A murder in a deserted Wyoming missile silo stirs memories of Cold War fears in this thriller of intimate family secrets and military intrigue.
It’s been decades since the Cold War ended—and just as long since anyone has been in the long-abandoned Tango-11 nuclear missile site in southeastern Wyoming—when Thurmond Giles, a decorated African American US Air Force veteran and warhead expert, is found murdered, dangling naked by his ankles inside a deactivated Minuteman silo.
OSI investigator and air force fighter pilot Major Bernadette Cameron is handling the security breach, but when her inquiries into the crime are stonewalled, she has to find out why. So does Elgin “Cozy” Coseia, a local reporter chasing a major story. But sifting through the victim’s complex life and sordid death yields a wider assortment of suspects than they counted on—including a radical nuclear-arms protestor, an ambitious air force cadet, a right-wing cattle rancher with powerful political ties, and a family still shaken by memories of Japanese internment camps.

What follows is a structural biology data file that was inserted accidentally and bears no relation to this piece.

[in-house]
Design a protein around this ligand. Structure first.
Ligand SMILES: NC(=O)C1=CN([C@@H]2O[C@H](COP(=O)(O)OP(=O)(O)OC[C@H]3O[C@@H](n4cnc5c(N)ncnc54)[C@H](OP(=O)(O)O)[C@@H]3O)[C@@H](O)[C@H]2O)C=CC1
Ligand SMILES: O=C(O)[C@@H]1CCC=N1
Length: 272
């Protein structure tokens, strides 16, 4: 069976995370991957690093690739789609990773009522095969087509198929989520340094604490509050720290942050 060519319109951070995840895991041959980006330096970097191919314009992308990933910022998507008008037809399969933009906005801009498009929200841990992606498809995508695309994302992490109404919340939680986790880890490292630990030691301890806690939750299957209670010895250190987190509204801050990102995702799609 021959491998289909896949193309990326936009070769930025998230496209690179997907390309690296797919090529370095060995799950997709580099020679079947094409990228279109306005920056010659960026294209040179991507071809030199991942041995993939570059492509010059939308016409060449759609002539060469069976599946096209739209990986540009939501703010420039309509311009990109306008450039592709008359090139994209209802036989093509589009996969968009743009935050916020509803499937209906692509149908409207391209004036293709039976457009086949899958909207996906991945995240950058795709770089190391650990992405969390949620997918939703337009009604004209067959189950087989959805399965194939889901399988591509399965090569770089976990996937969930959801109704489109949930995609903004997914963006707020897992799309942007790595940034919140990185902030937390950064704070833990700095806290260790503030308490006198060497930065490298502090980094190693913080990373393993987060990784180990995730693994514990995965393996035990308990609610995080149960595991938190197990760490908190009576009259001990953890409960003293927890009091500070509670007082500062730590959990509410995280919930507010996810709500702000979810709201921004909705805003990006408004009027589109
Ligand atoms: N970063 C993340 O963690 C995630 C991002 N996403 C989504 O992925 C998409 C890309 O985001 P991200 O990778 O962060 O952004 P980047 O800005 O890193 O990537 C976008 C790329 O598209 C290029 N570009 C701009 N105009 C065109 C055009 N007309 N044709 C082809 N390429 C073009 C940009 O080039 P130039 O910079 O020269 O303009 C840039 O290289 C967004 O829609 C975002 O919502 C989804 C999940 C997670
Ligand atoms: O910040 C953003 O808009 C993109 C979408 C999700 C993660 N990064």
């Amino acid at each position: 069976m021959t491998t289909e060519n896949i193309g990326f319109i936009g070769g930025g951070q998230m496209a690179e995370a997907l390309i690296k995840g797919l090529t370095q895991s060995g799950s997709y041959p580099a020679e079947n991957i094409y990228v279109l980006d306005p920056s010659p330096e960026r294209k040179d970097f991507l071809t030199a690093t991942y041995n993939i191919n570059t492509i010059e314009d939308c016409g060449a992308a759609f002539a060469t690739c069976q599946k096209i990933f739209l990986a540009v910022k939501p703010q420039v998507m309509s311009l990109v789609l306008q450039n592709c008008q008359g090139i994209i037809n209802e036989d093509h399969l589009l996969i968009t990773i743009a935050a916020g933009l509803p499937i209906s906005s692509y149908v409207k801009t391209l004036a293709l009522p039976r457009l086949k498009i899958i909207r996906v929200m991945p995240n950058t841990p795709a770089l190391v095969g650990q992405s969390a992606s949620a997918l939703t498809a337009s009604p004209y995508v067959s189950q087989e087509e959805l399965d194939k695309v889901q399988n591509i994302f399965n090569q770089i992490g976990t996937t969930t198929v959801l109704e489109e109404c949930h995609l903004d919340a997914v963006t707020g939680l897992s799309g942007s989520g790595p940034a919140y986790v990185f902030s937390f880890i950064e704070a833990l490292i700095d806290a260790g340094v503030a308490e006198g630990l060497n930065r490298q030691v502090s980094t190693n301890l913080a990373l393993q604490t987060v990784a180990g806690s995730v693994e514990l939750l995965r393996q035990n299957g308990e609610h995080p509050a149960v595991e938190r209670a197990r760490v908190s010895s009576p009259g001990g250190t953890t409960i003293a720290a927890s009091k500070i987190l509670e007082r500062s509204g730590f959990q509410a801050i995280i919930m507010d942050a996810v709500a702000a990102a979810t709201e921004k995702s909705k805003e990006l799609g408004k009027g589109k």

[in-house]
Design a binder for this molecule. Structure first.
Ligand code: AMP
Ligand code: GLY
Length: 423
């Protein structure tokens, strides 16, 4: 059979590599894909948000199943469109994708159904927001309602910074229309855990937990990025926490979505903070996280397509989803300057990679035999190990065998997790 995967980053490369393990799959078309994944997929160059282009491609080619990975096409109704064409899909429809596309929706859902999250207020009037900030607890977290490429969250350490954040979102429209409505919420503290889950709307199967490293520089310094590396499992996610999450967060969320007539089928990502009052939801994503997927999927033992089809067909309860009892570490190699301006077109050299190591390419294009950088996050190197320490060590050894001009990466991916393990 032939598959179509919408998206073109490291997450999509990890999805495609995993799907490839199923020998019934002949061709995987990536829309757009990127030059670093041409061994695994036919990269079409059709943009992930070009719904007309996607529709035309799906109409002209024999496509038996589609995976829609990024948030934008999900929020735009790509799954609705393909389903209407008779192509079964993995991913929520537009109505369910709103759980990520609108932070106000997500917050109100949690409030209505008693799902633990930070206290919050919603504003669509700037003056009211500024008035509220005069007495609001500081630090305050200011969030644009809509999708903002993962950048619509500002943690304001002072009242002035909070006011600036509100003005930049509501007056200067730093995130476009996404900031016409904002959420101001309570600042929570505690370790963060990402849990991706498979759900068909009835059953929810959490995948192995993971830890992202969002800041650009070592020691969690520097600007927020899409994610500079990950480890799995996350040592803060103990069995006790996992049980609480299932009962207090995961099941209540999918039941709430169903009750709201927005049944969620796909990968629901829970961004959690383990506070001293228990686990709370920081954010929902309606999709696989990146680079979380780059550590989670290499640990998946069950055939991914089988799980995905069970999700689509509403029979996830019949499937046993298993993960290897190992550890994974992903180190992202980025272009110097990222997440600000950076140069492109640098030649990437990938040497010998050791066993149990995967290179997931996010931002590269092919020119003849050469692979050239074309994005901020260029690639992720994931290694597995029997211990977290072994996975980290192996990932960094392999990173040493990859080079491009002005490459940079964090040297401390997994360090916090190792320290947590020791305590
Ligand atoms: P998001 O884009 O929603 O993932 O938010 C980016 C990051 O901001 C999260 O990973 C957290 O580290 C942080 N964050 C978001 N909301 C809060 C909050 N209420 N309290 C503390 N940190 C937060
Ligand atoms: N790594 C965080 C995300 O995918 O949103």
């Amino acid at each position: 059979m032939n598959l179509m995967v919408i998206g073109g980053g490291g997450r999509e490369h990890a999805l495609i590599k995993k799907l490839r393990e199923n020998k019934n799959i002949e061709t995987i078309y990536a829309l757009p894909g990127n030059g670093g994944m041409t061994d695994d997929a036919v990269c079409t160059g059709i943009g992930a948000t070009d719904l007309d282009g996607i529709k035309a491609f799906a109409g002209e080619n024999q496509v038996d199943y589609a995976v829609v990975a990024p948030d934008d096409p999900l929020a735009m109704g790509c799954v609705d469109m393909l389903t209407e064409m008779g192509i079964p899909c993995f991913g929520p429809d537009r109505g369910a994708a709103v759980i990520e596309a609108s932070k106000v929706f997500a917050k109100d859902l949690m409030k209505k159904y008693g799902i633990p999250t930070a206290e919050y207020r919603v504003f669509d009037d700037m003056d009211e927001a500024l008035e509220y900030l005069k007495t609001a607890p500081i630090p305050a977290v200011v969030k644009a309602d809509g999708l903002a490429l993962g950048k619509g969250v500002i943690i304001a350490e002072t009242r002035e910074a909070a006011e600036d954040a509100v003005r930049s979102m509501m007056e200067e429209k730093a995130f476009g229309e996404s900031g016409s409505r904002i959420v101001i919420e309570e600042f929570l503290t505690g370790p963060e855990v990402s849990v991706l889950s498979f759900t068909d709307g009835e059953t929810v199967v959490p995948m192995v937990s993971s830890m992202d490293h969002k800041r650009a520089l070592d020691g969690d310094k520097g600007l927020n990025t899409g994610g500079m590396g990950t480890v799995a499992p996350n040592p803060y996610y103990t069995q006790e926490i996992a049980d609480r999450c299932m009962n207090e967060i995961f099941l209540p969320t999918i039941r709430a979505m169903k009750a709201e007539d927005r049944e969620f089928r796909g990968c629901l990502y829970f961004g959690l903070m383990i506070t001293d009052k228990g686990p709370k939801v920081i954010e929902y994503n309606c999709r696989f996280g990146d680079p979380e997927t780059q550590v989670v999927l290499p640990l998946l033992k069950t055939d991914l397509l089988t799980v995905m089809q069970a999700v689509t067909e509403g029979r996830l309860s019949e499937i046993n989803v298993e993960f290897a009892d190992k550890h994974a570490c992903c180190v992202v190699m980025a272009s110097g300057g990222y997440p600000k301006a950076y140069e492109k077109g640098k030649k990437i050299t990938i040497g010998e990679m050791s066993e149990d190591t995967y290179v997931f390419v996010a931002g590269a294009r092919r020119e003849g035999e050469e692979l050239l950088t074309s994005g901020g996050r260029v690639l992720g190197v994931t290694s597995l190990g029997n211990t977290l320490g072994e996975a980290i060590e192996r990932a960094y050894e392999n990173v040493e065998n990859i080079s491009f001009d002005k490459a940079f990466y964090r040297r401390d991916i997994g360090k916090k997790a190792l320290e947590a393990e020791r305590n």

To connect the past with the present, Bernadette and Cozy will have to follow an unforeseen path back to the dark days of World War II, through the legacy of the Cold War’s paranoid atomic age, and to the present-day all-American heartland, where old wounds are never forgotten, nor forgiven.
From the bestselling author of the C. J. Floyd series, Astride a Pink Horse is a mystery with a “refreshingly eccentric cast and elaborately structured plot. . . . Think Elmore Leonard, Brad Parks, and Craig Johnson.” —Library Journal
Greer takes a break from his well-crafted CJ Floyd series (First of State, etc.) with this so-so post cold war mystery. When the body of retired African-American Air Force Master Sgt. Thurmond Giles is found hanging by ankle chains in an abandoned missile silo near Wheatland, Wyo., wealthy, ambitious Freddy Dames, publisher of the Web's Digital Registry News, assigns reporter Elgin "Cozy" Coseia to the story. Maj. Bernadette Cameron, an ex-fighter pilot, investigates the security breach involved. Giles's dual expertise in nuclear-missile warheads and seducing women provides avenues to explore, as does the possibility that Giles's murder was a hate crime. Among the suspects are antinuke protesters, including WWII U.S. internment camp survivor Kimiko Takata and her 42-year-old cousin, Rikia, who likes to re-enact WWII air battles with model airplanes. Bernadette and Cozy click for a climactic chase after which the plot creaks to an unsatisfying denouement.